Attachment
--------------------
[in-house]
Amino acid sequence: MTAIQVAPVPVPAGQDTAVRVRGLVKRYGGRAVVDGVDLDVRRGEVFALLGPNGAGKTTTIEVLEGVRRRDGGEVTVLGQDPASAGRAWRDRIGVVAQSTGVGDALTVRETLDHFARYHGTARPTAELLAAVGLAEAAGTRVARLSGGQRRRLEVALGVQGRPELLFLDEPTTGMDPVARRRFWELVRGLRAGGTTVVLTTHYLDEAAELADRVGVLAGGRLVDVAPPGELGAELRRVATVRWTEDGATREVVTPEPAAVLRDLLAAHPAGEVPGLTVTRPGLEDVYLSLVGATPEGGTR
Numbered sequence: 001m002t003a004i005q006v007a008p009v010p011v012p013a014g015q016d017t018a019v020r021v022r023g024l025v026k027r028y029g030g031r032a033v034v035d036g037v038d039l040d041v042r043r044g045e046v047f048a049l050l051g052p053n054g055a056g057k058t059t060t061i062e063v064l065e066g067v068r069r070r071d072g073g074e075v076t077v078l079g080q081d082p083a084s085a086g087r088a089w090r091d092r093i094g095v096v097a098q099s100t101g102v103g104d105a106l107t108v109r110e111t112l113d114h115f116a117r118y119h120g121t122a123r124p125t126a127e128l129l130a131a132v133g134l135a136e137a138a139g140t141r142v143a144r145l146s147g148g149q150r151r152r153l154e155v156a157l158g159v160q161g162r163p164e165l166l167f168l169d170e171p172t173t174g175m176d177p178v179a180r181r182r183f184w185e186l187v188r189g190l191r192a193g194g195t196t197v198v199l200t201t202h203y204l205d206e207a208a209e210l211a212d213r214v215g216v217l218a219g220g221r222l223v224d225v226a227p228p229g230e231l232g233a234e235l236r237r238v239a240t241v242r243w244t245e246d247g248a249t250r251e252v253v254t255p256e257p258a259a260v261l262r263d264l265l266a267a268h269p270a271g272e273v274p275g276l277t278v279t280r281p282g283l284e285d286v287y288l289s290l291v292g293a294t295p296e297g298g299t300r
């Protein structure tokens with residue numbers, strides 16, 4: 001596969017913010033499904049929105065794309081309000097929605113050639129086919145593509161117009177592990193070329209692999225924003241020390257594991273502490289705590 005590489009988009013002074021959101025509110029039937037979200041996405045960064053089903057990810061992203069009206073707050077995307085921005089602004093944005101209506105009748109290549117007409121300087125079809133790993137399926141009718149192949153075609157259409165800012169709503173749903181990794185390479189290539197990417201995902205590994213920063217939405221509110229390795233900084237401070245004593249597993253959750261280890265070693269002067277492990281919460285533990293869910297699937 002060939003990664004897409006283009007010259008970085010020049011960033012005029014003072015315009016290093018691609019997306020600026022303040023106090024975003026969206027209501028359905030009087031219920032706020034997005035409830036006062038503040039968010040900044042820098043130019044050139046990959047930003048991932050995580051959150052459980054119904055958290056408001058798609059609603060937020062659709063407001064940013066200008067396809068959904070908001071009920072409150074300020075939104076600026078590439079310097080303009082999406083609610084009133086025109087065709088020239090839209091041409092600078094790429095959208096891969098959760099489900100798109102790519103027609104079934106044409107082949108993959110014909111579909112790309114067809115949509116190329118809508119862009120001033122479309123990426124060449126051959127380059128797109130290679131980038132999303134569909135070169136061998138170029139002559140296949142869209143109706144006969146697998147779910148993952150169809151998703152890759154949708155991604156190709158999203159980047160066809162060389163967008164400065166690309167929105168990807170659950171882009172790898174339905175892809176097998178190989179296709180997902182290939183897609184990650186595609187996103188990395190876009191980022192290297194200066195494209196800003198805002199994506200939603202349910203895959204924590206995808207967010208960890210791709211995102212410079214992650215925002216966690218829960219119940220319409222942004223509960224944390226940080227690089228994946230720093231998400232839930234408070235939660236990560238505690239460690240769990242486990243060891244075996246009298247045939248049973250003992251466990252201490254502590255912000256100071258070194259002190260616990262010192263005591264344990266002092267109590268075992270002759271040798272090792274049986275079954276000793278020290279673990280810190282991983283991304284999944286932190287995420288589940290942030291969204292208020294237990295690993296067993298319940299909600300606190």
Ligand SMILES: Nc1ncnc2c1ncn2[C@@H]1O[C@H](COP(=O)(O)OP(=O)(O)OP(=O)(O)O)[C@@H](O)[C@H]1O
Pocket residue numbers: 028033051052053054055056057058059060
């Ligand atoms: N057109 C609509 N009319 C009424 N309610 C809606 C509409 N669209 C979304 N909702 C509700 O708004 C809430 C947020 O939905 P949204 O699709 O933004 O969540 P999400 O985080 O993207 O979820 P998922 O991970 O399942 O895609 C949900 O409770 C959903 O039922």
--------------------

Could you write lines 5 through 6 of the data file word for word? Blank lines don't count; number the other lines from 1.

Ligand SMILES: Nc1ncnc2c1ncn2[C@@H]1O[C@H](COP(=O)(O)OP(=O)(O)OP(=O)(O)O)[C@@H](O)[C@H]1O
Pocket residue numbers: 028033051052053054055056057058059060